Council members struggled on Monday to reconcile the competing positions. Some, including Mayor Lydia Kou and Vice Mayor Greer Stone leaned toward the residents' position, with Kou suggesting that the Handa fell short when doing due diligence before buying the property (Handa pushed back against that argument, noting that he was relying on the information that the city had provided).

Stone, a Midtown resident who lives near the project site, said he frequently drives on Ellsworth and that he has seen many near-accidents at the site.

"So if we're balancing here the property rights of one potential homeowner compared to not only the safety of Ellsworth Place residents but all who drive there, that's not a difficult weighing of interests there," Stone said. "Safety, of course, will have to win out at the end of the day."

Others, however, were more sympathetic to Handa. Council member Julie Lythcott-Haims dismissed arguments from project opponents about the intent of lawmakers who created the PC zone more than 40 years ago. She argued that land ownership in the United States was "a concept created by humans who stole land from other humans and then those humans sold that land to others, who sold it to others and at some point those others created arbitrary rules about what could and what could not be done." In ruling on Handa's proposal, the city should consider an outcome that would be "equitable and fair in 2023."

If the city didn't know about the PC zone, she asked, how can Handa be expected to have known about it?

"He did his due diligence," she said. "He did what I did when I bought my home in Palo Alto."

The council's hearing was a "pre-screening" and, as such, entailed no formal action. But the council's feedback suggested that the most members would be open to compromise, which may entail asking Handa to revise the application and create more space near the road, possibly by adding a second story to the proposed home. Council member Pat Burt suggested that allowing a second story would remove some of the constraints at the site and address residents' concerns.

"Then the footprint of the home is smaller and a whole bunch of this other stuff ... I think a lot of these things could be resolved," Burt said.

TALK ABOUT IT

What do you think the City Council should do? Share your thoughts on this dispute on Town Square, the community discussion forum at PaloAltoOnline.com/square.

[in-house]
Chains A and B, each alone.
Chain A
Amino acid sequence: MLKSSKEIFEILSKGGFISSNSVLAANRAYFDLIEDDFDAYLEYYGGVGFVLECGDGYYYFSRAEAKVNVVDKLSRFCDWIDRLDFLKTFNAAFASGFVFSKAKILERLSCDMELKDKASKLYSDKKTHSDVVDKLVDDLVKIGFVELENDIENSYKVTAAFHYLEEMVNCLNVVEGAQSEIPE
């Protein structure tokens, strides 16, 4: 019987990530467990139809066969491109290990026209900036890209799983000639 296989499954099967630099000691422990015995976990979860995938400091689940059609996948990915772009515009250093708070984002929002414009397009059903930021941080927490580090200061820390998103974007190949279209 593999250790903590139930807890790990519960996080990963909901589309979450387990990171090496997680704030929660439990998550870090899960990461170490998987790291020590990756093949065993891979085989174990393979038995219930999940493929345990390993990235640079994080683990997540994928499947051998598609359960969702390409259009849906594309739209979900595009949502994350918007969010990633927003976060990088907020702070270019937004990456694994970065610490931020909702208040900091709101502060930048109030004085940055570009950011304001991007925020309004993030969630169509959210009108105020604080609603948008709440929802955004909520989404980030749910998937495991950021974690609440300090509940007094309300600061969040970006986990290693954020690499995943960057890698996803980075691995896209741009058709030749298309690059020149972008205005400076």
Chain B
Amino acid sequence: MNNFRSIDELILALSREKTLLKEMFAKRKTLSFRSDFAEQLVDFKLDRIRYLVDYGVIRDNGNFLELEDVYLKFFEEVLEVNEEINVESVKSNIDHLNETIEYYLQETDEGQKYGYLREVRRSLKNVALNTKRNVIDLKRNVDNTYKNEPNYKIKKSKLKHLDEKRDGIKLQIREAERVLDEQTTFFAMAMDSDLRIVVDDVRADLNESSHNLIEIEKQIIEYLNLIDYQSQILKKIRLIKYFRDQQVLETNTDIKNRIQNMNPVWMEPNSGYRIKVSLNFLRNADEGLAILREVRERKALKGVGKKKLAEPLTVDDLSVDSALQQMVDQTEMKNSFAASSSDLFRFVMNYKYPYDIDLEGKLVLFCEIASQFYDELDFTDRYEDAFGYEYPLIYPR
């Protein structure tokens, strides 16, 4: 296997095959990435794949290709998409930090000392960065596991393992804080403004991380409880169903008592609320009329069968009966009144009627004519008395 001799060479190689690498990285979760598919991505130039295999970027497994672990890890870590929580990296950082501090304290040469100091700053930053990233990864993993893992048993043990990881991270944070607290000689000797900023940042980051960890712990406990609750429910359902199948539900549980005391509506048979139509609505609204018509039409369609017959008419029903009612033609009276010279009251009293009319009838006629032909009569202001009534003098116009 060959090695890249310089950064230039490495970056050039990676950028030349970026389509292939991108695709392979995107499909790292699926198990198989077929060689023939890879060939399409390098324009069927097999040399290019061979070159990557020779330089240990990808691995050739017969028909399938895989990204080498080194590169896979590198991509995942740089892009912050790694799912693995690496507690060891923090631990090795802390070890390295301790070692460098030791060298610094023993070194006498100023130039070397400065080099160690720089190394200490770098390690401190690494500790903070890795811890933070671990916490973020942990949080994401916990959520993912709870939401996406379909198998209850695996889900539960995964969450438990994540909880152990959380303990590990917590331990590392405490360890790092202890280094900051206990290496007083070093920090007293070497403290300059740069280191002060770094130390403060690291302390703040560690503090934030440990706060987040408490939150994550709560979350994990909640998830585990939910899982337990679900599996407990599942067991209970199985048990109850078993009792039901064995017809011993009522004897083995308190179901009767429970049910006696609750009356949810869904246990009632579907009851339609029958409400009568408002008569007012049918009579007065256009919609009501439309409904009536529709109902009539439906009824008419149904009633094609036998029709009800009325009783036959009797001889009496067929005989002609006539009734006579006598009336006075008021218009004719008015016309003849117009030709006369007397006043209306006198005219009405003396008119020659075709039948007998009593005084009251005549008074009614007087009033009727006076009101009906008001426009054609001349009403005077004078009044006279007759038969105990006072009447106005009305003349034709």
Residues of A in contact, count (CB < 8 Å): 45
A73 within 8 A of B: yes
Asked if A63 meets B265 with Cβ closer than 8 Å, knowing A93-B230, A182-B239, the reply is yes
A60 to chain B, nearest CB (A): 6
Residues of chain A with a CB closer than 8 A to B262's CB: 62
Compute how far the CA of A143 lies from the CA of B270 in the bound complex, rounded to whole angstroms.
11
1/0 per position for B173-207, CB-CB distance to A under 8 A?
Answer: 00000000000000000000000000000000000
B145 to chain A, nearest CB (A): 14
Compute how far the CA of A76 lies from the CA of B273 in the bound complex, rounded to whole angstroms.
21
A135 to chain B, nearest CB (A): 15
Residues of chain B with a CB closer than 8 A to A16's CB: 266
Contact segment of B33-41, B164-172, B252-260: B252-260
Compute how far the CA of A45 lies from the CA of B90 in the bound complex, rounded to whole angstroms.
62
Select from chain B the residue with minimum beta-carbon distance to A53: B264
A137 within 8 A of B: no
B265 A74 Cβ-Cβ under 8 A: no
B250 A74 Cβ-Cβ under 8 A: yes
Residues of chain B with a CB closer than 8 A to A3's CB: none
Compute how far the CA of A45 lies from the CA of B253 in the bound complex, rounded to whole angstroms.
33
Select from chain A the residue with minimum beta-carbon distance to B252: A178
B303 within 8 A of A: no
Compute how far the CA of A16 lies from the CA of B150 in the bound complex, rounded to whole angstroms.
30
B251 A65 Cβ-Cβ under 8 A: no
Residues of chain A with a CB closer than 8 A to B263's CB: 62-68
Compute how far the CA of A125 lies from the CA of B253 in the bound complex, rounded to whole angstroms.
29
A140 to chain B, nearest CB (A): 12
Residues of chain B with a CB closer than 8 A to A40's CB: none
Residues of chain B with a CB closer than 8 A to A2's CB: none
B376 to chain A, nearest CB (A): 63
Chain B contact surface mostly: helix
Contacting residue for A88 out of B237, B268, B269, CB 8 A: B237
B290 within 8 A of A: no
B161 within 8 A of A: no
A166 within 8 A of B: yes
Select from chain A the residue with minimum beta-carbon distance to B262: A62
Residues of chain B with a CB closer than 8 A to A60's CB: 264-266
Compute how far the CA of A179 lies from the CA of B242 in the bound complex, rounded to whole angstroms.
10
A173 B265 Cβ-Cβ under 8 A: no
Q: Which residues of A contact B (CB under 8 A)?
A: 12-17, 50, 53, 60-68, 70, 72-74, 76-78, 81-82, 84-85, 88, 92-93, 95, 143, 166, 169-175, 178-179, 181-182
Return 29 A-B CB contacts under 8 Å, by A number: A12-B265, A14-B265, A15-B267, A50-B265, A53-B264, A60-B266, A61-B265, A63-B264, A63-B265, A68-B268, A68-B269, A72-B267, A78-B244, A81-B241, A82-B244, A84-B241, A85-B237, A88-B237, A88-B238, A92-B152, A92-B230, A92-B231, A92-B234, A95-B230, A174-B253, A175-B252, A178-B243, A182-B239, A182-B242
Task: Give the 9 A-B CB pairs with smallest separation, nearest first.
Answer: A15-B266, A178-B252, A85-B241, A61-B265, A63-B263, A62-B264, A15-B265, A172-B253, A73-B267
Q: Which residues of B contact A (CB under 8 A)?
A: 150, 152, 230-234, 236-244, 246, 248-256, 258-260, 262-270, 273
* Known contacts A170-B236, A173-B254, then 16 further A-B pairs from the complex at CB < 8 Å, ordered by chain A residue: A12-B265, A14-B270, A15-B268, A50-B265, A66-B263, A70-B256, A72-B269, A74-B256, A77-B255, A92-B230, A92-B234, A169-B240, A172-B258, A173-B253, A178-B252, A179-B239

Email Staff Writer Gennady Sheyner at [email protected]

Comments

Posted by Bystander
a resident of Another Palo Alto neighborhood
on Mar 15, 2023 at 9:38 am

Bystander is a registered user.

What the article fails to point out that this is a dead end street. Nobody drives down this street on the way to go somewhere else, it is purely used by the residents, their visitors, and perhaps delivery drivers. I would imagine that this street is too narrow for a delivery van to turn round and would have to back out.

Private streets are rare in Palo Alto and I am not sure if the same rules are updated on Private Streets as they are on City Streets. I know a previous resident and from memory the City appeared to ignore their needs as residents due to being on a Private Street.


Posted by Anonymous
a resident of Duveneck/St. Francis
on Mar 15, 2023 at 10:29 am

Anonymous is a registered user.

I feel the project should be allowed to go through.


Posted by Evergreen Park Observer
a resident of Evergreen Park
on Mar 15, 2023 at 10:48 am

Evergreen Park Observer is a registered user.

If the City made a mistake, it owns it. The neighbors are being ridiculous -- they would rather have a parking lot for their own use, i.e., more cars, than have a residence. I hope the City pays Handa a fair market price for the land so he can build elsewhere where he will be more welcome. His life will not be happy next door to such selfish neighbors.


Posted by panative
a resident of Midtown
on Mar 15, 2023 at 10:57 am

panative is a registered user.

I have lived in Midtown for 38 years. 1700 square feet is very much in line with home sizes here. If the city fails to own its mistake and caves into a small number of resident voices, that's just wrong. The project should go through.